Surprise! Russia show up for their own World Cup Party
This World Cup hasn’t disappointed. Notable highlights thus far include the introduction of VAR, Spain and Portugal’s thrilling 3-3 draw, Argentina’s near capitulation, and Germany surrendering their crown before the knockout stage. If that isn’t enough, England offer promising signs.
Not lost in all the controversy, excitement, angst and jubilation, one nation is delivering beyond expectations more than any other. The hosts, Russia.
Five sides came close to topping the Russians as group stage overachievers. Iran performed valiantly against two footballing superpowers. Team Melli produced a strong defensive effort throughout to concede only twice in three games. Had Mehdi Taremi’s 94th-minute shot against Portugal found the net’s right side, they would have, perhaps deservedly, reached the last 16. In Group F, Sweden and Mexico progressed on six points apiece. El Tri stunned the Germans 1-0 in their opening match. Croatia also thrived. Vatreni were one of only three teams to earn maximum points, including a convincing 3-0 victory over Argentina. Japan came through a tough section, too.
Despite the five contenders’ feats, there’s at least one reason each side didn’t equal Russia’s achievement. Iran failed to qualify. Neither Sweden nor Mexico, world ranked 24th and 15th respectively, has performed way above what’s expected. Similar applies to Croatia, a nation judged 20th best on the planet, possessing several renowned talents. Japan, meanwhile, although inspiring, won just one game.
Russia opened the World Cup against Saudi Arabia 15 days ago. The anticipation was high inside Moscow’s fully packed Luzhniki Stadium, with 78,011 in attendance. Yury Gazinsky’s 12th-minute header soon eased any tension. Substitute Denis Cheryshev came on to smash in the second shortly before half-time. The Green Falcons then withered away. Targetman Artem Dzyuba took full advantage. Still not content, the Sbornyna adder further gloss in added time. Playmaker Aleksandr Golovin expertly dispatched a free-kick before Cheryshev’s immaculate skill turned the scoreboard 5-0.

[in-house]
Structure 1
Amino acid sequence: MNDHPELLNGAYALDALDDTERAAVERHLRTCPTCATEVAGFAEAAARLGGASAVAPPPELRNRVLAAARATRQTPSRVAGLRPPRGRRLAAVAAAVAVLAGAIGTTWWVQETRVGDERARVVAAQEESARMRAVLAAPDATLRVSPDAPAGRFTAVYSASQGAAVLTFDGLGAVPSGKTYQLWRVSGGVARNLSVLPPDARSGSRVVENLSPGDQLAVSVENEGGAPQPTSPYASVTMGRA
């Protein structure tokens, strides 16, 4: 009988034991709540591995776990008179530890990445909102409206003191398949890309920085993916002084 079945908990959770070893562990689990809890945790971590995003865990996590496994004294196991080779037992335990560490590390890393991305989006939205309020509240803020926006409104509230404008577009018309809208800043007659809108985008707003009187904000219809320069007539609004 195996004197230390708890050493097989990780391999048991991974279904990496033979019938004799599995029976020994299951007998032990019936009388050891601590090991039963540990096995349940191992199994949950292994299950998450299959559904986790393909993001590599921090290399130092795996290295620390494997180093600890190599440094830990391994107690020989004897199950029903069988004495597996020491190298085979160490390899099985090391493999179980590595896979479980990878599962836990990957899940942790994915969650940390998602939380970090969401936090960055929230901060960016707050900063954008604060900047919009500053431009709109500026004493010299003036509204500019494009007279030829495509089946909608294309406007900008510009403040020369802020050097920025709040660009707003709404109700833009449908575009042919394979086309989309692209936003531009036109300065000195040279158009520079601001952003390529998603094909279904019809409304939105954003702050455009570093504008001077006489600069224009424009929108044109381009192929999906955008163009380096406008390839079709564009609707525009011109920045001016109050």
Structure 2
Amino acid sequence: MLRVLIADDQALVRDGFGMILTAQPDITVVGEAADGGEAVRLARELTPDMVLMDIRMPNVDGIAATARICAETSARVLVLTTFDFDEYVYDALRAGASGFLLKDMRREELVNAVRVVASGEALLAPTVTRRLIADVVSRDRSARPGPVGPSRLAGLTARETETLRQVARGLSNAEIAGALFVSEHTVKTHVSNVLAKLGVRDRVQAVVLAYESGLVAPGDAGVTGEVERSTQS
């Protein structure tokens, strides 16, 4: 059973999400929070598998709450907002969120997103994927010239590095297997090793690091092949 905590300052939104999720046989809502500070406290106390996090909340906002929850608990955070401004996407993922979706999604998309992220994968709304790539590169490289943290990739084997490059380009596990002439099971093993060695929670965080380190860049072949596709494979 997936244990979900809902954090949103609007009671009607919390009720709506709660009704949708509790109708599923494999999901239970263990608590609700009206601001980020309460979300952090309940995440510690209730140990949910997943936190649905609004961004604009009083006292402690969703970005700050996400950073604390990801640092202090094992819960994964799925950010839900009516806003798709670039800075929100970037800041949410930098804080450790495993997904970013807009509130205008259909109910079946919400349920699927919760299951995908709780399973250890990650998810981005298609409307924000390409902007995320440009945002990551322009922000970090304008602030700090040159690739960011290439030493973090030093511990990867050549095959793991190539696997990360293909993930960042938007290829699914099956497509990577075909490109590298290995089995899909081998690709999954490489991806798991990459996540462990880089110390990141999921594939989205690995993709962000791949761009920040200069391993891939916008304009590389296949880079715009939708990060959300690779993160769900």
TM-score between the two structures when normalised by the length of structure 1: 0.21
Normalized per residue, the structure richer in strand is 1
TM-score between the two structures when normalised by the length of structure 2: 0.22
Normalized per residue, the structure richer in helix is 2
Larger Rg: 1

Next up, Russia faced the returning Mohamed Salah’s Egypt. They showed no signs of feeling daunted. The host nation ended the Pharaohs’ dreams within 15 second-half minutes. Ahmed Fathy’s own goal followed by efforts from Cheryshev and Dzyuba ensured the Russians a last 16 spot. Not even suffering a 3-0 defeat to Uruguay in their last group game could dampen spirits.
Stanislav Cherchesov’s men deserve recognition. They entered the competition ranked 70th, the lowest position of all 32 teams. To put that into perspective, FIFA has Cape Verde Islands five places higher. Panama, having lost every contest in this tournament, conceding 11 times, sit 55th on the rankings.
Furthermore, the hosts face immense pressure. President Vladimir Putin was present during the opening encounter, making an impassioned speech prior to kickoff. Russia’s comfortable victory over Saudi Arabia warrants more credit. Uruguay, Group A’s most formidable outfit, only managed to hit one past the Green Falcons. Egypt, meanwhile, highly-fancied to challenge for qualification, fell 2-1 at the Arabs’ feet.
Setting up in a 4-2-3-1 formation, Cherchesov has a good blend of experience and guile. What the squad lacks in pace is more than made up for with toughness.
In goal, Igor Akinfeev played all three group games. The Russia captain not only provides a calm presence, he’s developed leadership skills in earning 109 international caps. Protecting the goalkeeper, centre-backs Sergei Ignashevich and Ilya Kutepov have also both featured every minute. The former, at 38, is Sbornaya’s oldest ever World Cup player. Yuri Zhirkov adds further knowledge at left-back. The 34-year-old showed his capability to balance defence with attack during the first two matches. As did opposite full-back Mario Fernandes.
Gazinsky and Roman Zobnin have been ever-present in the Russian midfield. The pair combine effectively, allowing the players with more quality to shine. One such talent is Golovin. Arguably his country’s most important weapon, the 22-year-old is deadly when given time to weigh up a pass. He’ll be raring to go after sitting out against La Celeste.
Having started each game, Aleksandr Samedov commands the right-mid berth. Russia’s calibre increases when attacking from the left. Alan Dzagoev’s competition lasted only 24 minutes. His replacement, Cheryshev, has since proven the team’s brightest spark. The Villarreal winger is the tournament’s joint-third top goalscorer with three strikes. His relentless energy, as well as fine technique, are real assets.
Up top, Fyodor Smolov began the opening match. However, his lacklustre performance allowed Dzyuba a way in. The 6’5’’ striker has risen to the occasion. Having earned Cherchesov’s trust, he’s almost certain to continue as the lone frontman.
Russia will meet Spain in Sunday afternoon’s last 16 encounter. La Roja’s standard has dropped slightly since becoming 2010 world champions. They struggled to break down Iran, scoring a sole goal in the 54th minute. The hosts must take note to have any chance of causing an upset. Frustrating Fernando Hierro’s side while looking to hit on the counter could bring about success.
Spain proved susceptible to Portugal two weeks ago, with Cristiano Ronaldo bagging a hat-trick. Although Sbornaya’s attack has no such superstar, Golovin’s skill set, Cheryshev’s directness and Dzyuba’s physical presence can all disrupt the Spanish backline.
The Soviet Union reached four World Cup quarter-finals or better between 1958-70. As Russia, the nation had previously never progressed beyond the group stage. The current squad has ended that 24-year wait. Cherchesov’s charges must now give everything in order to prolong their party.